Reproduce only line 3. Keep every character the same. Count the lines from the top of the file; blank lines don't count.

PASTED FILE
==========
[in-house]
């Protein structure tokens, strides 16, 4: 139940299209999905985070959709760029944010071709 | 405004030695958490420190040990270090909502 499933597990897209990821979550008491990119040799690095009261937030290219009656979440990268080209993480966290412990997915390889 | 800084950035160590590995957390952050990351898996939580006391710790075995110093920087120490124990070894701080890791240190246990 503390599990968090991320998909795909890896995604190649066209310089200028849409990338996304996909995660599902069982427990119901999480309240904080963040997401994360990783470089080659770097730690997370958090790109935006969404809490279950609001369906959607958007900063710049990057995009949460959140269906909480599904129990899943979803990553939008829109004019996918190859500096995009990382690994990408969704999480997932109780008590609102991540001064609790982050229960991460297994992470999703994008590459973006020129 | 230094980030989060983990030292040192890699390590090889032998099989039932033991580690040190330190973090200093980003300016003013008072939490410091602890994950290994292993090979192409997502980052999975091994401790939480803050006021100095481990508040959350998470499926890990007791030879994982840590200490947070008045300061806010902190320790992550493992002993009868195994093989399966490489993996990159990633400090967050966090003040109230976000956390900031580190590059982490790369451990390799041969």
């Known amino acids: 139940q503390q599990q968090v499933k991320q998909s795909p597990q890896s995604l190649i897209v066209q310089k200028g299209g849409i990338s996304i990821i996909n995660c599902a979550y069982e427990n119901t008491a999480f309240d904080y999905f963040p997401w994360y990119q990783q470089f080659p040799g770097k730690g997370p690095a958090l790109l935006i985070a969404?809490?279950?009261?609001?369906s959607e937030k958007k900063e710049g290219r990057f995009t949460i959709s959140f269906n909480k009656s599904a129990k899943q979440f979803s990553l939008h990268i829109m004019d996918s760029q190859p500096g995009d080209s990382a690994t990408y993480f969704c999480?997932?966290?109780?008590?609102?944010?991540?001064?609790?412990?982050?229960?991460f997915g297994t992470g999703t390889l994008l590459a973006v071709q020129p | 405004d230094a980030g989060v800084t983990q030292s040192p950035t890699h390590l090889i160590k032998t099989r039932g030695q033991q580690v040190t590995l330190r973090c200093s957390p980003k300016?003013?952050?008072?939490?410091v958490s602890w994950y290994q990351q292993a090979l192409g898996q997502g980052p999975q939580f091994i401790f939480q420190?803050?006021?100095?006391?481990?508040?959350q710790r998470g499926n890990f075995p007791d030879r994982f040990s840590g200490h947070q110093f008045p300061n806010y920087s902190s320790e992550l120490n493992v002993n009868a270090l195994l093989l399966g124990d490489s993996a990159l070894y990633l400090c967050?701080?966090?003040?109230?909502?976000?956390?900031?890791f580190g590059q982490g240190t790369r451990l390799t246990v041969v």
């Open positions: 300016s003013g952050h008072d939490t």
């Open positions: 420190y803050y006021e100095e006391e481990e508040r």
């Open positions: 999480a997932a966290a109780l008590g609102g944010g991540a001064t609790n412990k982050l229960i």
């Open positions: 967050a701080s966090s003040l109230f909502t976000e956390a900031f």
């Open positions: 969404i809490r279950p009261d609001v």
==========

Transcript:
């Known amino acids: 139940q503390q599990q968090v499933k991320q998909s795909p597990q890896s995604l190649i897209v066209q310089k200028g299209g849409i990338s996304i990821i996909n995660c599902a979550y069982e427990n119901t008491a999480f309240d904080y999905f963040p997401w994360y990119q990783q470089f080659p040799g770097k730690g997370p690095a958090l790109l935006i985070a969404?809490?279950?009261?609001?369906s959607e937030k958007k900063e710049g290219r990057f995009t949460i959709s959140f269906n909480k009656s599904a129990k899943q979440f979803s990553l939008h990268i829109m004019d996918s760029q190859p500096g995009d080209s990382a690994t990408y993480f969704c999480?997932?966290?109780?008590?609102?944010?991540?001064?609790?412990?982050?229960?991460f997915g297994t992470g999703t390889l994008l590459a973006v071709q020129p | 405004d230094a980030g989060v800084t983990q030292s040192p950035t890699h390590l090889i160590k032998t099989r039932g030695q033991q580690v040190t590995l330190r973090c200093s957390p980003k300016?003013?952050?008072?939490?410091v958490s602890w994950y290994q990351q292993a090979l192409g898996q997502g980052p999975q939580f091994i401790f939480q420190?803050?006021?100095?006391?481990?508040?959350q710790r998470g499926n890990f075995p007791d030879r994982f040990s840590g200490h947070q110093f008045p300061n806010y920087s902190s320790e992550l120490n493992v002993n009868a270090l195994l093989l399966g124990d490489s993996a990159l070894y990633l400090c967050?701080?966090?003040?109230?909502?976000?956390?900031?890791f580190g590059q982490g240190t790369r451990l390799t246990v041969v």